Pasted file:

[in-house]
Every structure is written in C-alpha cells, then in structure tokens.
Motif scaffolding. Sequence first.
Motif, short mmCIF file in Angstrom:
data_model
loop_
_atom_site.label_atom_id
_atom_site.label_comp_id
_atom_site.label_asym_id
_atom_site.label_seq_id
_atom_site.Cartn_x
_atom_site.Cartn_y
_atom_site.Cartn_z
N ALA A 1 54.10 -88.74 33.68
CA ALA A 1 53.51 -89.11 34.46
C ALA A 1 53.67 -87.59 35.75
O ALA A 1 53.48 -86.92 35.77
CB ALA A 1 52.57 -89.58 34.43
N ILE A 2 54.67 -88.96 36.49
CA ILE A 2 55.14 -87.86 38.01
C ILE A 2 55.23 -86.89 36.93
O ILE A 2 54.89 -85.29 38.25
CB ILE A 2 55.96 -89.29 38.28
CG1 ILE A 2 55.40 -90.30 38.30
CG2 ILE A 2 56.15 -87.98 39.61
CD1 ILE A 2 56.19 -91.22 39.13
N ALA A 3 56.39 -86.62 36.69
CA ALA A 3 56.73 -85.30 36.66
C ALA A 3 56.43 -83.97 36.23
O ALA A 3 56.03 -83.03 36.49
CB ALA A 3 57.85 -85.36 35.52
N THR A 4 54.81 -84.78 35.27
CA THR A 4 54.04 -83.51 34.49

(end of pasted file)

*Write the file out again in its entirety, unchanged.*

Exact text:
[in-house]
Every structure is written in C-alpha cells, then in structure tokens.
Motif scaffolding. Sequence first.
Motif, short mmCIF file in Angstrom:
data_model
loop_
_atom_site.label_atom_id
_atom_site.label_comp_id
_atom_site.label_asym_id
_atom_site.label_seq_id
_atom_site.Cartn_x
_atom_site.Cartn_y
_atom_site.Cartn_z
N ALA A 1 54.10 -88.74 33.68
CA ALA A 1 53.51 -89.11 34.46
C ALA A 1 53.67 -87.59 35.75
O ALA A 1 53.48 -86.92 35.77
CB ALA A 1 52.57 -89.58 34.43
N ILE A 2 54.67 -88.96 36.49
CA ILE A 2 55.14 -87.86 38.01
C ILE A 2 55.23 -86.89 36.93
O ILE A 2 54.89 -85.29 38.25
CB ILE A 2 55.96 -89.29 38.28
CG1 ILE A 2 55.40 -90.30 38.30
CG2 ILE A 2 56.15 -87.98 39.61
CD1 ILE A 2 56.19 -91.22 39.13
N ALA A 3 56.39 -86.62 36.69
CA ALA A 3 56.73 -85.30 36.66
C ALA A 3 56.43 -83.97 36.23
O ALA A 3 56.03 -83.03 36.49
CB ALA A 3 57.85 -85.36 35.52
N THR A 4 54.81 -84.78 35.27
CA THR A 4 54.04 -83.51 34.49